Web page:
STATEMENT BY THE POLAROID REVOLUTIONARY WORKERS MOVEMENT TO THE UNITED NATIONS SPECIAL COMMITTEE ON THE POLICIES OF APARTHEID
by Polaroid Revolutionary Workers Movement
Brookline, Massachusetts, United States
February 3, 1971
In its statement before the UN Special Committee, the Polaroid Revolutionary Workers Movement (PRWM) explains that it is a group of black workers at the Polaroid Corporation in Cambridge, Massachusetts who are protesting against the sale of Polaroid products in South Africa. On October 8, 1970 the PRWM presented the Polaroid Corporation with three demands: 1) that Polaroid announce a policy of complete disengagement from South Africa, 2) that the management meet the entire company and announce its position on apartheid in the U.S. and in South Africa simultaneously, and 3) that the company donate all its profits from South Africa to the recognized African liberation movement in that country. The statement discusses apartheid, ID-2 machines, the South African Army and Air Force, Frank & Hirsch, the passbook program, film, and Thomas Wyman. [Note: This statement was apparently presented by Ken Williams and Caroline Hunter, both of whom appeared before the Special Committee on the Policies of Apartheid of the Government of the Republic of South Africa that day.]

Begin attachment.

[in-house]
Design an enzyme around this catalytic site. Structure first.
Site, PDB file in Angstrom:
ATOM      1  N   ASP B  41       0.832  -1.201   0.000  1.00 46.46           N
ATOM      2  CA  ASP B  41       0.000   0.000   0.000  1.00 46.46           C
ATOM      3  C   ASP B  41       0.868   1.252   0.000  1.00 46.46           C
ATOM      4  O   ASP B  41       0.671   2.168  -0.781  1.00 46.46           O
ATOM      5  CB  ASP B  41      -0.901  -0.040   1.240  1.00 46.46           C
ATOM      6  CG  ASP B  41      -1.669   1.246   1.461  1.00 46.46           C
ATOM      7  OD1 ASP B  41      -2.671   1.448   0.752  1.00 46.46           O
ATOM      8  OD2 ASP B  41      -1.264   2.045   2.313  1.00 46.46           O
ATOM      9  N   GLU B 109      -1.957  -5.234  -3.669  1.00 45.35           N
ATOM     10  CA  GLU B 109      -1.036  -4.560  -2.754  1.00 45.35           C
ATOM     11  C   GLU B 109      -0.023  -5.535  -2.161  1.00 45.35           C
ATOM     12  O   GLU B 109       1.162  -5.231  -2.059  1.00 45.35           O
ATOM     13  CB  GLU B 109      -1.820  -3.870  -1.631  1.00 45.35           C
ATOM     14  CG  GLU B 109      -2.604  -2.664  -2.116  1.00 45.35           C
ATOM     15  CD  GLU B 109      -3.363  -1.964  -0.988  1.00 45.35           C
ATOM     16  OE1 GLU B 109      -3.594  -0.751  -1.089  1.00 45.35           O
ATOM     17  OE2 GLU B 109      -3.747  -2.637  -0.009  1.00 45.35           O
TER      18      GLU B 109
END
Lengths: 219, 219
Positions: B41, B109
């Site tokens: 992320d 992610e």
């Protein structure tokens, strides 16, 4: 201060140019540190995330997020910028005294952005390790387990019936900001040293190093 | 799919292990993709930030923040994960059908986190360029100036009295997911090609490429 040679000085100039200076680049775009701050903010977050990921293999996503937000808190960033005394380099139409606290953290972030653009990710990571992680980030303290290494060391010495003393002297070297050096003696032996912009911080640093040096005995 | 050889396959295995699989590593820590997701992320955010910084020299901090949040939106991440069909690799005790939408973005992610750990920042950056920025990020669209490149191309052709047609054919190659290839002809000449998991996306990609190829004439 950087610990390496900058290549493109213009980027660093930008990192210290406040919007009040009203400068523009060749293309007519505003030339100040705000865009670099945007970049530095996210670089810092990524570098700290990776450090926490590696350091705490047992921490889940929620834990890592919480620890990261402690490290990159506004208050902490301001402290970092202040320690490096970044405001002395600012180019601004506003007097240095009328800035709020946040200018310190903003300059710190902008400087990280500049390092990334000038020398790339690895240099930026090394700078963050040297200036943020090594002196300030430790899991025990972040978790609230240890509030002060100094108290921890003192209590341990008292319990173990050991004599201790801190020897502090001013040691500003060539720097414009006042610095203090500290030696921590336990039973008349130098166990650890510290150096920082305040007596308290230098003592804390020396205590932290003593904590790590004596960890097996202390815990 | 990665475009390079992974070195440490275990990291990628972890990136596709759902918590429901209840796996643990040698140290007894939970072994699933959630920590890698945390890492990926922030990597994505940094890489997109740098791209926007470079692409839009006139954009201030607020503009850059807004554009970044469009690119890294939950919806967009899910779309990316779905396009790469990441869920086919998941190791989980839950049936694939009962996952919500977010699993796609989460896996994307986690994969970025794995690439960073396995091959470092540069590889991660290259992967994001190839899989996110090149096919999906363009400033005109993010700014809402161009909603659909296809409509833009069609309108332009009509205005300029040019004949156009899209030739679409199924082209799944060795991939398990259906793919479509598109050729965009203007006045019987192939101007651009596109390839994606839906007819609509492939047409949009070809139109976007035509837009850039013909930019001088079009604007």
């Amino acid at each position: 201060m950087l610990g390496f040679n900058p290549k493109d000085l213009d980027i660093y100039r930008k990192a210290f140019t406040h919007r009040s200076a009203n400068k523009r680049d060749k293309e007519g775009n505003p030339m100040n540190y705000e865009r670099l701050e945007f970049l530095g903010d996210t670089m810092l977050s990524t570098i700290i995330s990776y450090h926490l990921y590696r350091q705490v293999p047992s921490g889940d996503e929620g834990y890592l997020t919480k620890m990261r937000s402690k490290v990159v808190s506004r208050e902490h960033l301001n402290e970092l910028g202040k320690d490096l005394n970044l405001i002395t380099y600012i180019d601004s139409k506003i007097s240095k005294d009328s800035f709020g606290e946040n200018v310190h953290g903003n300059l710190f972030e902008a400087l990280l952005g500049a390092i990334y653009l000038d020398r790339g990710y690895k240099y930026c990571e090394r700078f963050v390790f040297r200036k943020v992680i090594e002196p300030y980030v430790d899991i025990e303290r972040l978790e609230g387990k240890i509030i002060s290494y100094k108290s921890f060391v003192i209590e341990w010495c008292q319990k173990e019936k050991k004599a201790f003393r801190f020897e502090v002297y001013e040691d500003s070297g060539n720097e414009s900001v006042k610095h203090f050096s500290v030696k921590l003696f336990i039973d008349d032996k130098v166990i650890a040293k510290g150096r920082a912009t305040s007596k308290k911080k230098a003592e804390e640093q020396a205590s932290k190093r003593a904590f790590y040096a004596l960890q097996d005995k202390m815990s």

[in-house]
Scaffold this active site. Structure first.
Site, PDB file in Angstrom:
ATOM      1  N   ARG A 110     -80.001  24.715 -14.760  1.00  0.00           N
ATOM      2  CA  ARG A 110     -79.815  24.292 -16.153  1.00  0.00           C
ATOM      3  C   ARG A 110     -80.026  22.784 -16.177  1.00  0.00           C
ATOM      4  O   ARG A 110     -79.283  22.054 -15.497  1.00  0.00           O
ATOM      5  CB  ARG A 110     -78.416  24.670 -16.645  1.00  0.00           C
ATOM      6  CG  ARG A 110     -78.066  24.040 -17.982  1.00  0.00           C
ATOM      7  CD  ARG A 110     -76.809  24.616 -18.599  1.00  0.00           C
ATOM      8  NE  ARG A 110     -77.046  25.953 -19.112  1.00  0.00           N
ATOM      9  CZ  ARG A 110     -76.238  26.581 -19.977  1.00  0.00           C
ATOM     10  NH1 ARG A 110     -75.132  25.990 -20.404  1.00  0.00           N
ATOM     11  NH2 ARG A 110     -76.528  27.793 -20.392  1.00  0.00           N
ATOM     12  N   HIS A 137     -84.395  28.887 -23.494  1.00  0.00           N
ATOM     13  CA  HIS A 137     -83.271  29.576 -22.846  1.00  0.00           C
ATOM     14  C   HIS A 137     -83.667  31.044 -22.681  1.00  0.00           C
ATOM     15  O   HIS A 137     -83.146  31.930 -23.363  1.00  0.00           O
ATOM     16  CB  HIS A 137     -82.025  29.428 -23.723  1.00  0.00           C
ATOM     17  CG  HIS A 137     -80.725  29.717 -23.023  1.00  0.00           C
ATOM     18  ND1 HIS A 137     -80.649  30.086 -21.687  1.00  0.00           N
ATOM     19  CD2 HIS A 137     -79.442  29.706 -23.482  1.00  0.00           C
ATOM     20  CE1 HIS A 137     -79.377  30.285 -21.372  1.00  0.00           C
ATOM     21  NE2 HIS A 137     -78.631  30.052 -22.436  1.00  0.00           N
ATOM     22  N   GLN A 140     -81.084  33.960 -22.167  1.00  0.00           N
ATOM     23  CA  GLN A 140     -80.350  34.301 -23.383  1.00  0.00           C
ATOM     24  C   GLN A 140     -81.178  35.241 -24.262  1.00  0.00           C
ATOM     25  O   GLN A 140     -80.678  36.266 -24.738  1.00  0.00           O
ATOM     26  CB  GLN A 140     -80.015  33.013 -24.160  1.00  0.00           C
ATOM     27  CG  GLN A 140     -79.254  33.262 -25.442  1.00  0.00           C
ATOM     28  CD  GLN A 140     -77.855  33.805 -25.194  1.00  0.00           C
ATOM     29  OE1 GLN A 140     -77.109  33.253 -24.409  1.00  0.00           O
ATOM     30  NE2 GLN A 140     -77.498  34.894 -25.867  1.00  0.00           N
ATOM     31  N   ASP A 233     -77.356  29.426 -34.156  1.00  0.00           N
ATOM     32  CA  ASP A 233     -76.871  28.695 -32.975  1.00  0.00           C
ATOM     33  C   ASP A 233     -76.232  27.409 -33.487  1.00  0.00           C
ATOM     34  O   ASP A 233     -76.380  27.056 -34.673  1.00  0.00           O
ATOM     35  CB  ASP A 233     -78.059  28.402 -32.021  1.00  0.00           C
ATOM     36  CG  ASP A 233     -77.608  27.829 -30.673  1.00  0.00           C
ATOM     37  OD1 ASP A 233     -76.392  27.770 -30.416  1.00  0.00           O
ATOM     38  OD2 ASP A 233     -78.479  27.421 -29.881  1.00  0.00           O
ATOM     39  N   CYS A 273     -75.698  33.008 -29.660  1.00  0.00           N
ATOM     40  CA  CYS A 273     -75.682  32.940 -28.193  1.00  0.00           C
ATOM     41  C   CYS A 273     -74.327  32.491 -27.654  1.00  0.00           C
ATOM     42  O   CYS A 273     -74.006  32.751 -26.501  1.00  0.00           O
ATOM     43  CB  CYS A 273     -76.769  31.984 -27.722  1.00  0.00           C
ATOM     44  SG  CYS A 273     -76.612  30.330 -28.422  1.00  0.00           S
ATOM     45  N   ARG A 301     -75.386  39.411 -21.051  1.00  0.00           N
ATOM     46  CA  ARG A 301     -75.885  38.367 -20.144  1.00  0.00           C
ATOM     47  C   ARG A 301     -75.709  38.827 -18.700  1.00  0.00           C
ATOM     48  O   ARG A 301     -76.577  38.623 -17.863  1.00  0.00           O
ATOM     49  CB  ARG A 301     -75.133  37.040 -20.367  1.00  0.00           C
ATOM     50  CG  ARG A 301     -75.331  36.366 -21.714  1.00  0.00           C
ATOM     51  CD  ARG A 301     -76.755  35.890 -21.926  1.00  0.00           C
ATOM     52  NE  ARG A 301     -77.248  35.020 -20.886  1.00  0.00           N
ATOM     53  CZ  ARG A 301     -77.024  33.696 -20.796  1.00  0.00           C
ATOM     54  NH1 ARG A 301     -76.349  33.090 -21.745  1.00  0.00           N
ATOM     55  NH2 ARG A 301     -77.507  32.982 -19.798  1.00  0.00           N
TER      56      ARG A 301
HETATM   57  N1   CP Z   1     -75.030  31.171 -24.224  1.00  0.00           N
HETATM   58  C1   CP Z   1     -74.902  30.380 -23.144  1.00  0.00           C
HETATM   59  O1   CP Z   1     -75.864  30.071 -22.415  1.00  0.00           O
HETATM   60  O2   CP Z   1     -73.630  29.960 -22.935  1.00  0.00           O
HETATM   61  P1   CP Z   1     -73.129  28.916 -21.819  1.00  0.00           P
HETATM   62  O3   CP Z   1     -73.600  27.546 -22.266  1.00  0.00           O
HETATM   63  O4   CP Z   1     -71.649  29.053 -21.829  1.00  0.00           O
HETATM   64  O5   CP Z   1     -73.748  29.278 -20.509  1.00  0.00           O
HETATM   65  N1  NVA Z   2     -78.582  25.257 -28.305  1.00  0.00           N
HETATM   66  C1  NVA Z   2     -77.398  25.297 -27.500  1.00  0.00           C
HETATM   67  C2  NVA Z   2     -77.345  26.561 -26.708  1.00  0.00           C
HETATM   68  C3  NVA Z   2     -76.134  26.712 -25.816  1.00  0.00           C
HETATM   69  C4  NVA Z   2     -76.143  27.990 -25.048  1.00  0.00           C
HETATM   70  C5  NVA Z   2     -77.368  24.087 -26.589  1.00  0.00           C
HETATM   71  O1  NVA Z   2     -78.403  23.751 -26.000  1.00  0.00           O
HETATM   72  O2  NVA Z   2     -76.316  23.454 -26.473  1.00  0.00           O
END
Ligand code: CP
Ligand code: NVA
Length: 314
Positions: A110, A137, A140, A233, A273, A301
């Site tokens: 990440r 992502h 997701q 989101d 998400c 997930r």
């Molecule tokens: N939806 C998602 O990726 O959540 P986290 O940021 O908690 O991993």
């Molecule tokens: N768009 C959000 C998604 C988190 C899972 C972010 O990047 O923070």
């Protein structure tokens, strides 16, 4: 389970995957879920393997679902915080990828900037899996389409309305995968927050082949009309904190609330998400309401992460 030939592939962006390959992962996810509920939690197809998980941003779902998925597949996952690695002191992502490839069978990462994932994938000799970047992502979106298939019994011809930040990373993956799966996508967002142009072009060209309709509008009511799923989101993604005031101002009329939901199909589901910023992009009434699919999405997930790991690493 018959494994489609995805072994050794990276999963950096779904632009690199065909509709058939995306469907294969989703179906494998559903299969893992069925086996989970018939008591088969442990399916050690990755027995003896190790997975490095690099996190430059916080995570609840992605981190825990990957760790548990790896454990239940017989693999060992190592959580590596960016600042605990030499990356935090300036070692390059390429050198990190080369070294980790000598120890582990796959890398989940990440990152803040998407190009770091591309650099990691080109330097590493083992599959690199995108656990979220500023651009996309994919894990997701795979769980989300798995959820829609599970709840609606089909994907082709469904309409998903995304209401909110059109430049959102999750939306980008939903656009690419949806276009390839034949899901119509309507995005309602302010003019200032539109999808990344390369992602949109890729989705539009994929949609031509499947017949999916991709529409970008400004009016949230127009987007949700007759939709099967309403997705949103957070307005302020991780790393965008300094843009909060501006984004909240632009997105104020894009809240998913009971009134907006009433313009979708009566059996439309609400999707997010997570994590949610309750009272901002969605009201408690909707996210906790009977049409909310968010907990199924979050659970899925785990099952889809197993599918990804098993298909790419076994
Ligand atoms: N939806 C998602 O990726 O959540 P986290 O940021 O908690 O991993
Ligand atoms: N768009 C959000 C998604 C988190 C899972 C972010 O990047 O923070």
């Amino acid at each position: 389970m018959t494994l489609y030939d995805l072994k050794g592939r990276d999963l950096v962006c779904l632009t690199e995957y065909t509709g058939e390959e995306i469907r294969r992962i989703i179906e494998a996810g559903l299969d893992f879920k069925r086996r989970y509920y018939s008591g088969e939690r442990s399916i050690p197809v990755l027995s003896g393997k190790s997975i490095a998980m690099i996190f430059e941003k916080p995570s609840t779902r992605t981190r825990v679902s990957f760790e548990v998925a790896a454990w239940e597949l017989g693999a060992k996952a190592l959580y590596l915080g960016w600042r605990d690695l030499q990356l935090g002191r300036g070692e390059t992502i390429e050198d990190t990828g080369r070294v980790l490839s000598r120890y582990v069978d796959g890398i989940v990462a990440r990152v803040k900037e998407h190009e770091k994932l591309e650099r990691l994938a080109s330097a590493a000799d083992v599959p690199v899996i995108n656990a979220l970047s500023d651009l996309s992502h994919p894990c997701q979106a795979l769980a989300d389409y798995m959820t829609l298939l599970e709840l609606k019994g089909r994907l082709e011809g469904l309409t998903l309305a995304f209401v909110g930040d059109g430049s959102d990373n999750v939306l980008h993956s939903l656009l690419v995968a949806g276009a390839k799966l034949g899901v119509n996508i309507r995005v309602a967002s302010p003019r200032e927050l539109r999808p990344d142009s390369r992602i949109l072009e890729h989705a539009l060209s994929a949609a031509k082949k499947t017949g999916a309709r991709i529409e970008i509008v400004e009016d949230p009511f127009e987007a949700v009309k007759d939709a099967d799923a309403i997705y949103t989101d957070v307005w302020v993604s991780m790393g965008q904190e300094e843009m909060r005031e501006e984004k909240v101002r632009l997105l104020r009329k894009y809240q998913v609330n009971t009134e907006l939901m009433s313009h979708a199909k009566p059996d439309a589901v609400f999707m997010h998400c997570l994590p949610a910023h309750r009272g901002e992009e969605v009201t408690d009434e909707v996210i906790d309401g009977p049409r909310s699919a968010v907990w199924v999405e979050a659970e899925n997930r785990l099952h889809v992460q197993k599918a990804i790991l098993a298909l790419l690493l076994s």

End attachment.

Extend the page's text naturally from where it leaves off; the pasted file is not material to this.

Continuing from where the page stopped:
Used by permission of Caroline Hunter, co-founder of the Polaroid Revolutionary Workers Movement.
Collection: Boston Coalition for the Liberation of Southern Africa papers, Michigan State University Libraries Special Collections